The Tim Green Saga could very well be renamed the Mistake by the Lake
By Ed Griffin-Nolan
I’m sure that when all the dust settles it will become clear that the mess involving Section III football in Skaneateles was drummed up by the Jordan-Elbridge Central School District. It was the perfect ploy. Who else stands to benefit from a neighboring school district being dragged through the mud and made to look like a bunch of incompetents or cheaters, or both? Not to mention the fact that all the gridiron and courtroom shenanigans caused the local daily to draw one of its best investigative reporters off the JE beat and put him on the trail of the Lakers football coach. Brilliant move on their part.
Then again Jordan-Elbridge might still be smarting from their defeat at the hands of the Lakers back a month ago, when quarterback (and former coach Tim Green’s son) Troy Green set a Section III record by throwing seven touchdown passes. Seven touchdown passes. Wow. That’s unheard of.
And it should be, according to one longtime local coach who lives on a horse farm overlooking Otisco Lake, just a few hills over from Skaneateles. Larry Hart, 74 and now retired, spent almost 20 years as athletic director at Tully High School. He did a stint as AD at Homer and some coaching at West Genesee. He has coached runners, football players, basketball players and a few lacrosse teams, both boys and girls. He started working with high school athletes when Tim Green was in grade school and spent an entire career shaping young lives.
Hart doesn’t claim to know much about the recruiting scandal that got Skaneateles bounced from the Sectional championship and which ended Green’s brief stint as head coach, but it doesn’t surprise him. (Neither has he ever faced a team with assistant coaches and a deep bench full of lawyers.)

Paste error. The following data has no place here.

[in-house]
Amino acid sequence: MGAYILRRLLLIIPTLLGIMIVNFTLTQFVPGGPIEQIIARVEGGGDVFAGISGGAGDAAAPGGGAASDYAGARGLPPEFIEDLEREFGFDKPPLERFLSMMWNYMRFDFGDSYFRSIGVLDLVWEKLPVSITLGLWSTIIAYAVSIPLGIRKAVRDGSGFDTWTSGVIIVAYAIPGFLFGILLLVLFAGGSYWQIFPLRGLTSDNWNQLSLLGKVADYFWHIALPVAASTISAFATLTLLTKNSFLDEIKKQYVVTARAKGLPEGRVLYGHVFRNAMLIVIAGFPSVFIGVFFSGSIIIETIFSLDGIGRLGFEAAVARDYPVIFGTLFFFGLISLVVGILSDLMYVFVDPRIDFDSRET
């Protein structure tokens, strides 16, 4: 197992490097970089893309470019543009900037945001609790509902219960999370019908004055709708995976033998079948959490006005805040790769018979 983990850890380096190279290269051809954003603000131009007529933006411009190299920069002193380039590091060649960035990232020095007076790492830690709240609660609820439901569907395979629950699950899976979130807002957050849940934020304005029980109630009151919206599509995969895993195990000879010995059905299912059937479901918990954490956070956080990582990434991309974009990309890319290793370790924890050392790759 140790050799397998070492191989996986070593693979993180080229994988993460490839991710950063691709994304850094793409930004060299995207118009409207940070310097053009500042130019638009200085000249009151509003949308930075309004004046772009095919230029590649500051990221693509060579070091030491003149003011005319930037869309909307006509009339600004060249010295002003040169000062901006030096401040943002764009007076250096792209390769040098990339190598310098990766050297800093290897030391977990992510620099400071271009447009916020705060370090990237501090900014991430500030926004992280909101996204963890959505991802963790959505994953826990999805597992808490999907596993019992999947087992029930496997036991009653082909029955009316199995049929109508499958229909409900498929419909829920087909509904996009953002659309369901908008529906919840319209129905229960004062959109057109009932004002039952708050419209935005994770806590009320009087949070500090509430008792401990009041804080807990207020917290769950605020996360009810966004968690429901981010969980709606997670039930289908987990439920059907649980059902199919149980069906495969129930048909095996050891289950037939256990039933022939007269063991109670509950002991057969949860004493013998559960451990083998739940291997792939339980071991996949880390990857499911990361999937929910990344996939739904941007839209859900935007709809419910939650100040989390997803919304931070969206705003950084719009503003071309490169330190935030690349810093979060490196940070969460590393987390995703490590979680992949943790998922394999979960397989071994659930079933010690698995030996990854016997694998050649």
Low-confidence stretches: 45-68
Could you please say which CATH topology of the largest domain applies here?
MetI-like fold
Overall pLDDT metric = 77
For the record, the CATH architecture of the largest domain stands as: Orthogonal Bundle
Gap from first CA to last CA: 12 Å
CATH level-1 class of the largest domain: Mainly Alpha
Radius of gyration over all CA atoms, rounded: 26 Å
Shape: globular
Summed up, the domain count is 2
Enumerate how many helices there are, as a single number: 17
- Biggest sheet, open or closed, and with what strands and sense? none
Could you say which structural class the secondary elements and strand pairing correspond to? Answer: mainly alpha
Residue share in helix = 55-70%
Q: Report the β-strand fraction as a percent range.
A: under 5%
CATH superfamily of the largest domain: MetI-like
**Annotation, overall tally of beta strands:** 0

“What has bothered me all year long,” says Hart, “is that they have run the score up on anyone they can run it up on. They have the quarterback throw what, five TD passes in a blowout? You don’t do that. You find a way not to do that. You let other kids play. Any coach who has a feel for what high school sports is about doesn’t do that. Every team you play deserves a certain amount of respect.”
The record makes it hard to argue with the seasoned coach. There was that LaFayette game in September when Skaneateles scored 34 points in the first half to their opponent’s 6, then came out of the locker room and piled on 27 more. Or the 67-7 pounding of Hannibal on Oct. 1, when the Lakers scored half their points in the second half. In that game Troy Green ran for three touchdowns in addition to his five aerial scores.
“I could have had kids do that many times,” says Hart. “But you don’t do that. I could have had kids run up the score in many games. In soccer if we got certain goals ahead, we didn’t take shots anymore. It’s high school sports.”
Now Green has resigned and the courts have upheld Section III’s disqualification of the Lakers from the championship game. Green and his lawyers have insisted all along that everything they have done has been “for the kids.” If we take that at face value, may I suggest that the school do one more thing for the kids? Give them the truth. Of all the very strange things about the very sorry saga being played out in the hamlet by the lake, one of the strangest is the failure of the school district to name the coach who committed the alleged recruiting violations.
If you read the report that the district submitted to Section III athletics, you will find that it mentions inappropriate contacts made with student athletes from other schools, but it doesn’t name the coach. I call it the Voldemort Report, after the character in the Harry Potter series who is referred to by timid students and faculty as “he who shall not be named.’ From other sources, and a pile of common sense, most of us have figured out that the Voldemort character is the same coach who resigned to try to put it all behind him, the same coach who is regularly doing a John Boehner imitation when he speaks on camera about the kids he loves, the same coach who took over the team last year as his own son took on the quarterback position. That coach.
that feels a bit like piling on, or running up the score, that’s
understandable. Just tell the truth. It’s about the kids, after all.
Read Ed Griffin-Nolan’s awardwinning commentary weekly in the Syracuse New Times. You can reach him at firstname.lastname@example.org